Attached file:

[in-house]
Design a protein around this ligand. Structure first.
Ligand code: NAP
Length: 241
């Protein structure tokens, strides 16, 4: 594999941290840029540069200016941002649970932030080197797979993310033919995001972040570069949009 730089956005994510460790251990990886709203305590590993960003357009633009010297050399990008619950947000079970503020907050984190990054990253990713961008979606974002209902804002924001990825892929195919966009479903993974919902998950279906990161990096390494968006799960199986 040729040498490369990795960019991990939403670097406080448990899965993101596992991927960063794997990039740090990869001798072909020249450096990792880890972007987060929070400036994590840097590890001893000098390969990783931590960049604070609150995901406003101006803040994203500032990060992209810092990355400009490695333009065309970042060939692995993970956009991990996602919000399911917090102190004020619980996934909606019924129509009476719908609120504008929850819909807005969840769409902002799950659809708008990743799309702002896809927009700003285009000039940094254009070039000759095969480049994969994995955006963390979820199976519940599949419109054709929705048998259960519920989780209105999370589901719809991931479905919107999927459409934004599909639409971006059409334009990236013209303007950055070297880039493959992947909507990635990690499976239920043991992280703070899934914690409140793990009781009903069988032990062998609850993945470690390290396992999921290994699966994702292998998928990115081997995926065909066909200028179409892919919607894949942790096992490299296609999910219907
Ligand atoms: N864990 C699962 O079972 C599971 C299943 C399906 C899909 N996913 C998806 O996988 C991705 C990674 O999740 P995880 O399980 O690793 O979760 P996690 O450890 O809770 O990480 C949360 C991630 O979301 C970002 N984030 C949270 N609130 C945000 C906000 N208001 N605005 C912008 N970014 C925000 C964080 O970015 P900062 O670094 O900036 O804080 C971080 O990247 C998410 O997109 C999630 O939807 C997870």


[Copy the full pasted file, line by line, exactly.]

[in-house]
Design a protein around this ligand. Structure first.
Ligand code: NAP
Length: 241
């Protein structure tokens, strides 16, 4: 594999941290840029540069200016941002649970932030080197797979993310033919995001972040570069949009 730089956005994510460790251990990886709203305590590993960003357009633009010297050399990008619950947000079970503020907050984190990054990253990713961008979606974002209902804002924001990825892929195919966009479903993974919902998950279906990161990096390494968006799960199986 040729040498490369990795960019991990939403670097406080448990899965993101596992991927960063794997990039740090990869001798072909020249450096990792880890972007987060929070400036994590840097590890001893000098390969990783931590960049604070609150995901406003101006803040994203500032990060992209810092990355400009490695333009065309970042060939692995993970956009991990996602919000399911917090102190004020619980996934909606019924129509009476719908609120504008929850819909807005969840769409902002799950659809708008990743799309702002896809927009700003285009000039940094254009070039000759095969480049994969994995955006963390979820199976519940599949419109054709929705048998259960519920989780209105999370589901719809991931479905919107999927459409934004599909639409971006059409334009990236013209303007950055070297880039493959992947909507990635990690499976239920043991992280703070899934914690409140793990009781009903069988032990062998609850993945470690390290396992999921290994699966994702292998998928990115081997995926065909066909200028179409892919919607894949942790096992490299296609999910219907
Ligand atoms: N864990 C699962 O079972 C599971 C299943 C399906 C899909 N996913 C998806 O996988 C991705 C990674 O999740 P995880 O399980 O690793 O979760 P996690 O450890 O809770 O990480 C949360 C991630 O979301 C970002 N984030 C949270 N609130 C945000 C906000 N208001 N605005 C912008 N970014 C925000 C964080 O970015 P900062 O670094 O900036 O804080 C971080 O990247 C998410 O997109 C999630 O939807 C997870």